In response to the growing diagnoses, the FDA announced this week that it was finalizing a plan to crack down on the sale of flavored e-cigarettes, products that opponents say are marketed toward children.

Last year, Juul, a major manufacturer of vaping products, voluntarily stopped shipping flavored pods to stores nationwide, after the FDA threatened to take action. Other companies still sell the products.

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Nine Berkshire County towns already have limited the sale of flavored tobacco products to adult-only establishments, according to James Wilusz, who runs the Tobacco Awareness Program of the Berkshires through the Tri-Town Health Department, which represents Lee, Lenox and Stockbridge.

Currently, 14 towns participate in the program, which provides outreach, policy assistance and training to boards of health, and unannounced inspections of local stores, Wilusz said.

"Some towns have been quite aggressive, while other towns are kind of just getting their feet wet in tobacco control," Wilusz said.

Of the towns that are participating in the program, the number of illegal sales to minors has skyrocketed from fiscal years 2018 to 2019. The increase could be attributed partly to several new towns joining the program and their clerks being unfamiliar with the compliance checks, Wilusz said.

The program employs three Berkshire County minors who are trained to go several times a year into stores that sell tobacco and try to buy products without an identification. If the individuals, who are younger than 21, are sold a tobacco product, the store and clerk face a fine.

Stores also have signed on to additional regulations, like tobacco permit caps and required training for all clerks before they can sell the products.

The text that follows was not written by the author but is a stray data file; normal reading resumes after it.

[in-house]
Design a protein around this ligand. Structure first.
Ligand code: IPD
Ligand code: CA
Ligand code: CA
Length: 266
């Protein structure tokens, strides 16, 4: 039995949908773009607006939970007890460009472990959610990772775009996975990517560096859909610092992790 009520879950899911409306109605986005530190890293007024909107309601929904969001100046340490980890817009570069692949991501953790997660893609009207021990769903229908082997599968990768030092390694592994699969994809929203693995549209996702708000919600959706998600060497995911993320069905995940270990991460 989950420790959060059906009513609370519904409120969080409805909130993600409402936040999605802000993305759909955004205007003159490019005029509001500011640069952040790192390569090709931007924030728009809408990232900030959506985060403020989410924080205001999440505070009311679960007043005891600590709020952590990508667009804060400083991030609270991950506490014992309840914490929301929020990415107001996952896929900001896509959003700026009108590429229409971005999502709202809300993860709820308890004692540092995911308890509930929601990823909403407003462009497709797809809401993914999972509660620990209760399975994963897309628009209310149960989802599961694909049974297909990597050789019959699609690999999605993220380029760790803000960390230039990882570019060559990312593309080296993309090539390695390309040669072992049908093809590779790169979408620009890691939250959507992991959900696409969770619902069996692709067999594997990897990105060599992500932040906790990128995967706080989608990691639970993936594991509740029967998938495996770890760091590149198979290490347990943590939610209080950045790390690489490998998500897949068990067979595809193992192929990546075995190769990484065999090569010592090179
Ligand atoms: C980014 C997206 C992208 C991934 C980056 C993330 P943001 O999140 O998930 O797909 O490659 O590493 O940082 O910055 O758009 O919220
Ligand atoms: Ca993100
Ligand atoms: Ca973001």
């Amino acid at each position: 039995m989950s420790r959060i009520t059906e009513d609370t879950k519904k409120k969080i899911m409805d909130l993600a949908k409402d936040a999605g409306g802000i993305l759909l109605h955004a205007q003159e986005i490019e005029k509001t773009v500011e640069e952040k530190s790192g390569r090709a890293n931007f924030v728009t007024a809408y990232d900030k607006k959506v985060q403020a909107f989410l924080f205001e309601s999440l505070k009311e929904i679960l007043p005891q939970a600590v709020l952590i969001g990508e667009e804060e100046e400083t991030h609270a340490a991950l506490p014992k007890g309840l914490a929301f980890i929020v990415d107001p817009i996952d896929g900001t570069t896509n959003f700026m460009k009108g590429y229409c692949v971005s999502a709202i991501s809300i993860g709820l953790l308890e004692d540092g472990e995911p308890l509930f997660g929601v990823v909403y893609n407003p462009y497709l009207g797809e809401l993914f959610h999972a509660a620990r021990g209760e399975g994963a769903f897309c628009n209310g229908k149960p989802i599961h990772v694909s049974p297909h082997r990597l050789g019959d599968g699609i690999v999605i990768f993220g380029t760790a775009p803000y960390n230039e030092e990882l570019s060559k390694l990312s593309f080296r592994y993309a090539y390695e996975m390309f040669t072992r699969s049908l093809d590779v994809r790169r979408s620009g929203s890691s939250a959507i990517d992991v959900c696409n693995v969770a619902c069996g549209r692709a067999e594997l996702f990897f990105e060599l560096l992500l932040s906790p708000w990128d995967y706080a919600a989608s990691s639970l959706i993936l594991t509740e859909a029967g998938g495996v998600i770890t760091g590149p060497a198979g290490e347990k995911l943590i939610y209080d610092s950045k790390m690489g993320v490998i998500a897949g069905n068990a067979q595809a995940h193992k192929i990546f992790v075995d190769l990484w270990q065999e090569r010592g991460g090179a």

Even with these regulations in place, minors are buying vape products in Berkshire County.

Wilusz is urging boards of health in these towns to be stricter about enforcing the regulations that already are in place.

"Stores are still selling this stuff to people under the age of 21," Wilusz said. "I think some boards of health are doing a really good job. I think we need to do more. It's really important that these regulations that are in place, that we're holding retail stores accountable when there are illegal sales to a minor."


While the CDC and state health departments are warning individuals to avoid vaping tobacco and cannabis products until more is known about the illness, New York is focusing its investigation on additives that primarily are used as "thickening agents" in black-market THC products.

Some marijuana dispensaries have been trying to get the word out that their vape products are safe and free of potentially dangerous additives.

On Wednesday, Theory Wellness, which has a retail marijuana shop in Great Barrington, released a statement to customers that their vape cartridges are made to resemble the cannabis flower as closely as possible and are free from any noncannabis additives or cutting agents. Only cannabis and terpenes extracted from cannabis grown at Theory's facilities are in the oil, Theory CEO Brandon Pollock told The Eagle.

"This points to why we should have a regulated marketplace," Pollock said. "There are no real regulations around cartridges. Companies that are operating legitimate businesses have the resources and knowledge to implement best practices."

The Boston Globe recently reported that the "state's otherwise-strict cannabis regulations" have no oversight on additives in regulated marijuana cartridges sold in stores.

In response, the commission voted Thursday to require that cannabis extract and concentrate manufacturers disclose all ingredients in vape cartridges sold in licensed stores.

While additives primarily are used in black-market cartridges, the Globe reported that they also can be found in some inexpensive vape pens sold in licensed Massachusetts stores.

Most Berkshire County retailers have posted public statements confirming that their cartridges are additive-free, signaling increased concern from customers about the popular products.

At Theory Wellness, cannabis flower is the No. 1 seller, but vape cartridges are No. 2, Pollock said.

Over the past week, the most common question from customers at the Great Barrington shop has been, "What is in the cartridges?"

"We haven't seen any material impact on sales," Pollock said. "I would not be surprised if sales increased in the next couple of months as people start to move away from illegal unregulated products."

Information from the Associated Press was used in this report.

Haven Orecchio-Egresitz can be reached at, @HavenEagle on Twitter and 413-770-6977.